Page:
Are ALL Your Students Ready for Online Learning? An Institutional Wide Approach to Online Learner Readiness

Concurrent Session 1
Streamed Session

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Brief Abstract

The pervasiveness of technology through all course modalities is increasing, exposing all students to technology whether they intended it or not. Therefore, focusing solely on preparing online students for online learning is no longer sufficient. This session shares a cross-departmental initiative to develop and implement an online learner readiness module to all first-year students, the lessons learned, and the resulting changes for student success.


Crystal Faulkner has been with higher education since 2004. Working her way up over the years from student worker to technology manager, Crystal has experienced many aspects of the industry from both a student and professional viewpoint. She brings this perspective and a zeal for learning and technology to her institution every day. Crystal is currently an Instructional Technology Support Manager for Distance Education at Austin Peay State University. During her time at APSU, she was instrumental in implementing new technology for student support including an online learning readiness assessment and online tutoring. She also received her Master of Arts in Education for Curriculum and Instruction with a specialization in Instructional Technology from APSU. Crystal’s passion is instructional technology and leveraging it to improve faculty’s ability to understand and connect with their students and content.

Extended Abstract

Recently a four-year institution that experienced increases in first-year student enrollments adopted an institutional student success strategic goal in order to retain these students. The student success initiatives focused on first-year, on-ground students. One gap to the institution’s overall approach to student success is that it did not consider students leveraging alternative learning environments such as online and hybrid learning. Additionally, face-to-face courses are increasingly adopting digital resources and tools. This increase in online, hybrid and technology-rich courses is exposing students to a mixed modality of courses and related challenges.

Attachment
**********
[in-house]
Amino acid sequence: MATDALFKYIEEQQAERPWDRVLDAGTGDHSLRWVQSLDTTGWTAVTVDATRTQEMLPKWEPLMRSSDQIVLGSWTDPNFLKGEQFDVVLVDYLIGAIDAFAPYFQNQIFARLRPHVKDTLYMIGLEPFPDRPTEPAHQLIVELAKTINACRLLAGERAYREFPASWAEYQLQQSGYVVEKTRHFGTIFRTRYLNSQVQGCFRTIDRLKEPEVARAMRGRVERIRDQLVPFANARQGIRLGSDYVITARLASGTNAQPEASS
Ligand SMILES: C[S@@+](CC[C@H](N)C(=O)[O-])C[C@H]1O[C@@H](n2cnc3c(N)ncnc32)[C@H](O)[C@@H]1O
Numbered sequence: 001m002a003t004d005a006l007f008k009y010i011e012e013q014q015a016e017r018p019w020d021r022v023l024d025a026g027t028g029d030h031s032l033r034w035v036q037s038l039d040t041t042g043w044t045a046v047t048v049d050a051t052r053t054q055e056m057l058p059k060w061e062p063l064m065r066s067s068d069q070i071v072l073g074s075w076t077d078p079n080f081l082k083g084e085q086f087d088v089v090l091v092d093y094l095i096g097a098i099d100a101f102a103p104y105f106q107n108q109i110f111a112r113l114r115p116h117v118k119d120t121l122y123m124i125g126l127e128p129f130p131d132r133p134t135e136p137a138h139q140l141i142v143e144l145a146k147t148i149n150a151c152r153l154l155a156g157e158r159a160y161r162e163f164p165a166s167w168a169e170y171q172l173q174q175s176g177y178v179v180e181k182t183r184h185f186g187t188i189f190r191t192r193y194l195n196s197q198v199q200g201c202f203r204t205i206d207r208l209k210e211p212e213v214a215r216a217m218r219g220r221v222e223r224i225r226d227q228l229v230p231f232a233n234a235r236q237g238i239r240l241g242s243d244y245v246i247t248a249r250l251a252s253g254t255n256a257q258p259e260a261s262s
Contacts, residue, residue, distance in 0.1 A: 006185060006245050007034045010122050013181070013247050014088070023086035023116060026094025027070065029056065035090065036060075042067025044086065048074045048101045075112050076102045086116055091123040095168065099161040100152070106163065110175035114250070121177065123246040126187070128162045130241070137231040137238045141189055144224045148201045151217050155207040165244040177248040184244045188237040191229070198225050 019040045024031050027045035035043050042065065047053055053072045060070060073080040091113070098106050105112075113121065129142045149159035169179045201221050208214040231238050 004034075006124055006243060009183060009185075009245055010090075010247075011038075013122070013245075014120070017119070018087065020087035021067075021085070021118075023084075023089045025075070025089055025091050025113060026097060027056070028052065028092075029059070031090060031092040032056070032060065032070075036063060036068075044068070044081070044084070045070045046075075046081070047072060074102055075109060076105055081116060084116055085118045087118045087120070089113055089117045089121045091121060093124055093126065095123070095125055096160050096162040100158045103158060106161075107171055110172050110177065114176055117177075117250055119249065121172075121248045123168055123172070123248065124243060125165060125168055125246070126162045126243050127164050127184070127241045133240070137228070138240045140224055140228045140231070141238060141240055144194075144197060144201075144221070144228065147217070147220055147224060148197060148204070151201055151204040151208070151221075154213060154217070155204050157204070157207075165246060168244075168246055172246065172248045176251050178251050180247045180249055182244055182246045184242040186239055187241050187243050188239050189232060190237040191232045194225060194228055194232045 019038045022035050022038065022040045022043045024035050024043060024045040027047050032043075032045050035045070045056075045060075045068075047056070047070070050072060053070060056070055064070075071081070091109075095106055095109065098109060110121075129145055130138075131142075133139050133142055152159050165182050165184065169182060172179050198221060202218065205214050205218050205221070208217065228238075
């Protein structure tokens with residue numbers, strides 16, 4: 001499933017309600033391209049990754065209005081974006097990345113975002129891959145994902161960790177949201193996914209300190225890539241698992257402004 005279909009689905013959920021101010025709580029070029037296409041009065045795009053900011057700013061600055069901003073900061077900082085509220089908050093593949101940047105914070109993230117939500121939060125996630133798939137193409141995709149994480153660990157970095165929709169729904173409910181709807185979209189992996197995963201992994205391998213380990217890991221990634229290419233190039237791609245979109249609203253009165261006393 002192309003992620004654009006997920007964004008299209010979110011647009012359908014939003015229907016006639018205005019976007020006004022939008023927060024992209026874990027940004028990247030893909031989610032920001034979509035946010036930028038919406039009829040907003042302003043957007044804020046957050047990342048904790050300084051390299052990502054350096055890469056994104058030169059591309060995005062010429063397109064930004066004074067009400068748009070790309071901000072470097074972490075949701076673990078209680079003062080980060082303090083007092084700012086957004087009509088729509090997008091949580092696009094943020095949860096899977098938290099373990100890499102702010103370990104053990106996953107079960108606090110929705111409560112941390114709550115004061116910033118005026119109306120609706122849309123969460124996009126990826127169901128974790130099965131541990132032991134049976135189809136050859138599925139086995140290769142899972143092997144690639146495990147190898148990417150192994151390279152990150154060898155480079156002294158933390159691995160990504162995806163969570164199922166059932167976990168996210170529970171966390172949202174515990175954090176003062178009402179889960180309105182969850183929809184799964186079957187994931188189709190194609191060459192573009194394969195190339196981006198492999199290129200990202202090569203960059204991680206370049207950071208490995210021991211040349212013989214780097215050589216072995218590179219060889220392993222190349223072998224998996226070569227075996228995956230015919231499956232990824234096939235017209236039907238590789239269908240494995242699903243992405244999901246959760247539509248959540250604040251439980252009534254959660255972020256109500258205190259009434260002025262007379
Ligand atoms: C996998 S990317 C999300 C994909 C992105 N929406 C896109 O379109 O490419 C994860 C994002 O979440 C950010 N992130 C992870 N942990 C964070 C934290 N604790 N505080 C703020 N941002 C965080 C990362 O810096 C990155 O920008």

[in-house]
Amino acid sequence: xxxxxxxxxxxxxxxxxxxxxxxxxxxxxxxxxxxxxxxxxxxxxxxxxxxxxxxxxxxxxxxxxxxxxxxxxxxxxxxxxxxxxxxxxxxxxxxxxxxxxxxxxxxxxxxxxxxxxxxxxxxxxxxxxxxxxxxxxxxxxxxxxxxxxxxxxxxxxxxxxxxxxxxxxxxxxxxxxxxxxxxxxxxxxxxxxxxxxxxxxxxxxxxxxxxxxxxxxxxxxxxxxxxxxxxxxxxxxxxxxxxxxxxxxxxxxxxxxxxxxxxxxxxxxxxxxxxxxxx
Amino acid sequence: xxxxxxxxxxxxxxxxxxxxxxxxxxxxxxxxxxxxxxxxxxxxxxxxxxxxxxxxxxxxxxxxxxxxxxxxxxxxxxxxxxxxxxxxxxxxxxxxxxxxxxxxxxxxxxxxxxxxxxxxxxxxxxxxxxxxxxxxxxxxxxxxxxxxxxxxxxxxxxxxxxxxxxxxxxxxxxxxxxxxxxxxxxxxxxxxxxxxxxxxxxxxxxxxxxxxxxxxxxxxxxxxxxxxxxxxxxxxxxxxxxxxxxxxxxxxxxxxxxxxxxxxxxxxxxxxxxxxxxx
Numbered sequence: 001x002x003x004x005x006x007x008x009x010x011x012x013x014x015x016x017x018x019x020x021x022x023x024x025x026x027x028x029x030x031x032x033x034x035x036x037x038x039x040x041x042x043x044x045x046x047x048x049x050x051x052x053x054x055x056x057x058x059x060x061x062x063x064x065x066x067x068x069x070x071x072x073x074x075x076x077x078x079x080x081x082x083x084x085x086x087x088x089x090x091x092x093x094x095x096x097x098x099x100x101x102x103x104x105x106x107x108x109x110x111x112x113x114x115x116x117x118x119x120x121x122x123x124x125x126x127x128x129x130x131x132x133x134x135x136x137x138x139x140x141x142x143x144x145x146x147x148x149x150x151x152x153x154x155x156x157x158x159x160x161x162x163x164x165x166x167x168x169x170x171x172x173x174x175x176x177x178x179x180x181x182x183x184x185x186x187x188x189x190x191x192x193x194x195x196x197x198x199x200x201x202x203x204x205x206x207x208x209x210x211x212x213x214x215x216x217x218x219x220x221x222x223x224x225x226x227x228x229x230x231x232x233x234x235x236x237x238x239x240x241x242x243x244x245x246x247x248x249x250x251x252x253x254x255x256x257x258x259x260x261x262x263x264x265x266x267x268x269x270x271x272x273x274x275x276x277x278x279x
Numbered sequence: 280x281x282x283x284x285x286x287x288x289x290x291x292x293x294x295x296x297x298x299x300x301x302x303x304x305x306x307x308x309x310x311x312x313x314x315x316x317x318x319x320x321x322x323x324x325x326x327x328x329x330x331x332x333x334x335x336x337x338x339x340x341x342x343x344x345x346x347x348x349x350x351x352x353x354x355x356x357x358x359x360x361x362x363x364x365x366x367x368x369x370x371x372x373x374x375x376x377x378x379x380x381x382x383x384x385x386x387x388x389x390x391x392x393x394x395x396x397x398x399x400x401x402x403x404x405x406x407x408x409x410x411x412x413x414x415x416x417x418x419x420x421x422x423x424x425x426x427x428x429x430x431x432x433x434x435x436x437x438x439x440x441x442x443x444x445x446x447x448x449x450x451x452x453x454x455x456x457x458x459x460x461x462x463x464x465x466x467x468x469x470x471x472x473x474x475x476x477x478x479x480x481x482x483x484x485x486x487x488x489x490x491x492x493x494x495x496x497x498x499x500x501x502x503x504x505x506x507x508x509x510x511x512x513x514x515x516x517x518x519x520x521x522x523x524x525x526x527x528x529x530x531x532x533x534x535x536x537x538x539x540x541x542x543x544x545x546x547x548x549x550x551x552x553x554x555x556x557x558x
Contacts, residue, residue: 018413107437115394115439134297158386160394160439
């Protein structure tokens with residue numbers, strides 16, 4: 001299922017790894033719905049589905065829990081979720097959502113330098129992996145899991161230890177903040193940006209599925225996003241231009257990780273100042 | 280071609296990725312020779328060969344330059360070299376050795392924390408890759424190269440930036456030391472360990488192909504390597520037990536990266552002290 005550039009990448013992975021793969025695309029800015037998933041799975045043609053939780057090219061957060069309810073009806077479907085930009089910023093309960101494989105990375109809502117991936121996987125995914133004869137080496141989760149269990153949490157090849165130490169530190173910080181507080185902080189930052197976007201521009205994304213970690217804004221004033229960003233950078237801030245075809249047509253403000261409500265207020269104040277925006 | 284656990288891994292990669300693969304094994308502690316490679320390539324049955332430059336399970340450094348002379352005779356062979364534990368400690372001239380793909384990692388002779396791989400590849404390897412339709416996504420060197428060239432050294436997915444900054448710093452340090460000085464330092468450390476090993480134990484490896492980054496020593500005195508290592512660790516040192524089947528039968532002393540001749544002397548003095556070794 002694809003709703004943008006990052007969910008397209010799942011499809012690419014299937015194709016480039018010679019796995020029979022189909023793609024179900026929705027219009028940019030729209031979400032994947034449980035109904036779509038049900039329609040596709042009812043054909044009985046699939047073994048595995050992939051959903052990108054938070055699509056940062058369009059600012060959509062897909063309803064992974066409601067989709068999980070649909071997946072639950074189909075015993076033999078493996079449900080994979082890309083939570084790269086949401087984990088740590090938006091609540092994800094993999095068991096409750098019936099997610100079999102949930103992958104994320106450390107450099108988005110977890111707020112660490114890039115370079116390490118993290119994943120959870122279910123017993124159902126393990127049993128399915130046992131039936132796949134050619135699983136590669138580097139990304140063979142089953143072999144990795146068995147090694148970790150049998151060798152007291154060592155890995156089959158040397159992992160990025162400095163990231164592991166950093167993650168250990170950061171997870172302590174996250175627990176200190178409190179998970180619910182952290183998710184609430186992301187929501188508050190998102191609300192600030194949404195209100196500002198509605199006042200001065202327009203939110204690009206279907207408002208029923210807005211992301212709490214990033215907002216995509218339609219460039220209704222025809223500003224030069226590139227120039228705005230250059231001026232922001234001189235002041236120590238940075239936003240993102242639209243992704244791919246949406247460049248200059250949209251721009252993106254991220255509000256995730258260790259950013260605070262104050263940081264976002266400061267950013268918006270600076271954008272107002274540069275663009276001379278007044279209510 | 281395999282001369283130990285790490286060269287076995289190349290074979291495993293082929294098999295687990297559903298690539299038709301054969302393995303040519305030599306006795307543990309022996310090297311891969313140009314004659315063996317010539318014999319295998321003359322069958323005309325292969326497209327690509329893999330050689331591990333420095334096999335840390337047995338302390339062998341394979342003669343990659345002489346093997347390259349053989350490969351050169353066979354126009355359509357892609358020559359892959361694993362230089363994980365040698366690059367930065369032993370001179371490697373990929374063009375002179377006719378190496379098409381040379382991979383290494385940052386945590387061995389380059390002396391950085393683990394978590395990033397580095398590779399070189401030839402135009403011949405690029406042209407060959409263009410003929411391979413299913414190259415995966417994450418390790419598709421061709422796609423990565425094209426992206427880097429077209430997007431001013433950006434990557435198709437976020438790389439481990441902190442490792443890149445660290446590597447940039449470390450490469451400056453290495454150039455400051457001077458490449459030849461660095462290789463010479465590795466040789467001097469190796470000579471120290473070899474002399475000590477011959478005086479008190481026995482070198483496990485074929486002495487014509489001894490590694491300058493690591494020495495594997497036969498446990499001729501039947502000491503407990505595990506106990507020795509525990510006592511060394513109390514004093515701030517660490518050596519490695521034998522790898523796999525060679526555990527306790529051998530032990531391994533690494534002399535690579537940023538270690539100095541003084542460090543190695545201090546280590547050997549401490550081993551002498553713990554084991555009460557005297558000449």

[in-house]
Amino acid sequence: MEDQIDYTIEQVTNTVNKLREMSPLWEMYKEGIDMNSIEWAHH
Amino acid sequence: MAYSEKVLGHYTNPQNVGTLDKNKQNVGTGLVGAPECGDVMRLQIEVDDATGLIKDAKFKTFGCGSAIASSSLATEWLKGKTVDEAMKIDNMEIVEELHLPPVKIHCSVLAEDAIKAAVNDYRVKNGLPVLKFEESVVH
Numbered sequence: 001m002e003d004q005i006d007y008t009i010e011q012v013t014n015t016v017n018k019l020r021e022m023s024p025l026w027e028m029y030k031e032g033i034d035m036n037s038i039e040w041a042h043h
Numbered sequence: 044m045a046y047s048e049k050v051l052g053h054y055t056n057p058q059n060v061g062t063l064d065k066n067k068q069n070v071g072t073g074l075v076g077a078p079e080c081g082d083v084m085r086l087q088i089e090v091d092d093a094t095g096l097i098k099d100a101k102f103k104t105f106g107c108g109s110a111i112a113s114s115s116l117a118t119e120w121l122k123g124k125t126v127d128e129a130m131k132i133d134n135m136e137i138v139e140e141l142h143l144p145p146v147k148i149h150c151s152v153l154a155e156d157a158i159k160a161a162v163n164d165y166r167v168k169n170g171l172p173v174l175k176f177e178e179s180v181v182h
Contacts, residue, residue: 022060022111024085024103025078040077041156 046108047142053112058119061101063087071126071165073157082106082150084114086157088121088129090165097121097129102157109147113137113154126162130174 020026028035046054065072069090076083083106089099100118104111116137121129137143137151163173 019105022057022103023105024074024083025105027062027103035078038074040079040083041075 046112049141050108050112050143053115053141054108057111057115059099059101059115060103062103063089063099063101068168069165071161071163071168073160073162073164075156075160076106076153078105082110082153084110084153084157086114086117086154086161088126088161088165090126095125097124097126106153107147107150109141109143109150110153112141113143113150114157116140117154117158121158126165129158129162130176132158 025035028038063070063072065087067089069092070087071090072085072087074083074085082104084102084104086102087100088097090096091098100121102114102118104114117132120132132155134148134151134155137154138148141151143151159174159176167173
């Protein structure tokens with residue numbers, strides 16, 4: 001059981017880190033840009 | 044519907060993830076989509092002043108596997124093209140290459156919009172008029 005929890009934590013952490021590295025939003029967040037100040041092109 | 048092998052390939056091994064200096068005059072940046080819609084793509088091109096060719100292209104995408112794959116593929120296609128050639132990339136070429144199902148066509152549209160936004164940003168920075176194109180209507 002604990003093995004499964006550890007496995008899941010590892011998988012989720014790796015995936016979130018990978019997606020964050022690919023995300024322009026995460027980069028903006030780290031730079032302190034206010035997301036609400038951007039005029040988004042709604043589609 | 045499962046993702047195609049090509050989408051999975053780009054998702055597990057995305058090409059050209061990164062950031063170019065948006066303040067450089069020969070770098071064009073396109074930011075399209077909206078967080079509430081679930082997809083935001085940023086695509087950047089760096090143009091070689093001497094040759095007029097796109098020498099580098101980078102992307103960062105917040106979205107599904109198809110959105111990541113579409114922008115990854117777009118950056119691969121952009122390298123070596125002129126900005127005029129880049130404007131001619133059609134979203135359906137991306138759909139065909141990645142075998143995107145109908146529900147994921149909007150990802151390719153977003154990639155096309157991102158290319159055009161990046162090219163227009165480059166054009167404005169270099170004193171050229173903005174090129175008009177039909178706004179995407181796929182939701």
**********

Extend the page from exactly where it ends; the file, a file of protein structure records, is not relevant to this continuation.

Recognizing the increased use of online and digital learning for all course modalities at the institution, the department of Distance Education collaborated with the Center for Teaching and Learning Strategies faculty to revise the curriculum for the institution’s first-year seminar to include an online learner readiness module. The institution’s first-year seminar is a requirement for all new first-year students and is delivered online, hybrid, and face-to-face. The new online learner readiness module included an online learner readiness assessment, a reflective discussion assignment, and a student feedback survey. Additionally collaborators administered a faculty survey to solicit faculty feedback regarding their workload and experience facilitating the new online learner readiness module.

As a pilot study, the newly developed online learner readiness module was implemented in the institution’s first-year seminar in 19 sections. This included online, hybrid and face-to-face sections. Pilot data was evaluated for the effectiveness of the curriculum improvements and to gauge satisfaction with the new module. Based on feedback, curriculum improvements were made and the new module was adopted for all future sections regardless of course modality.

This presentation will provide attendees with information regarding the collaboration between instructional designers and curriculum developers, the online learner readiness module implemented, evaluation data and future goals for this project. Presenters will engage the audience throughout the session with brainstorming questions and opportunities to share information about their institution. Presenters will share the presentation, module outline, and faculty and student survey instruments on the conference website.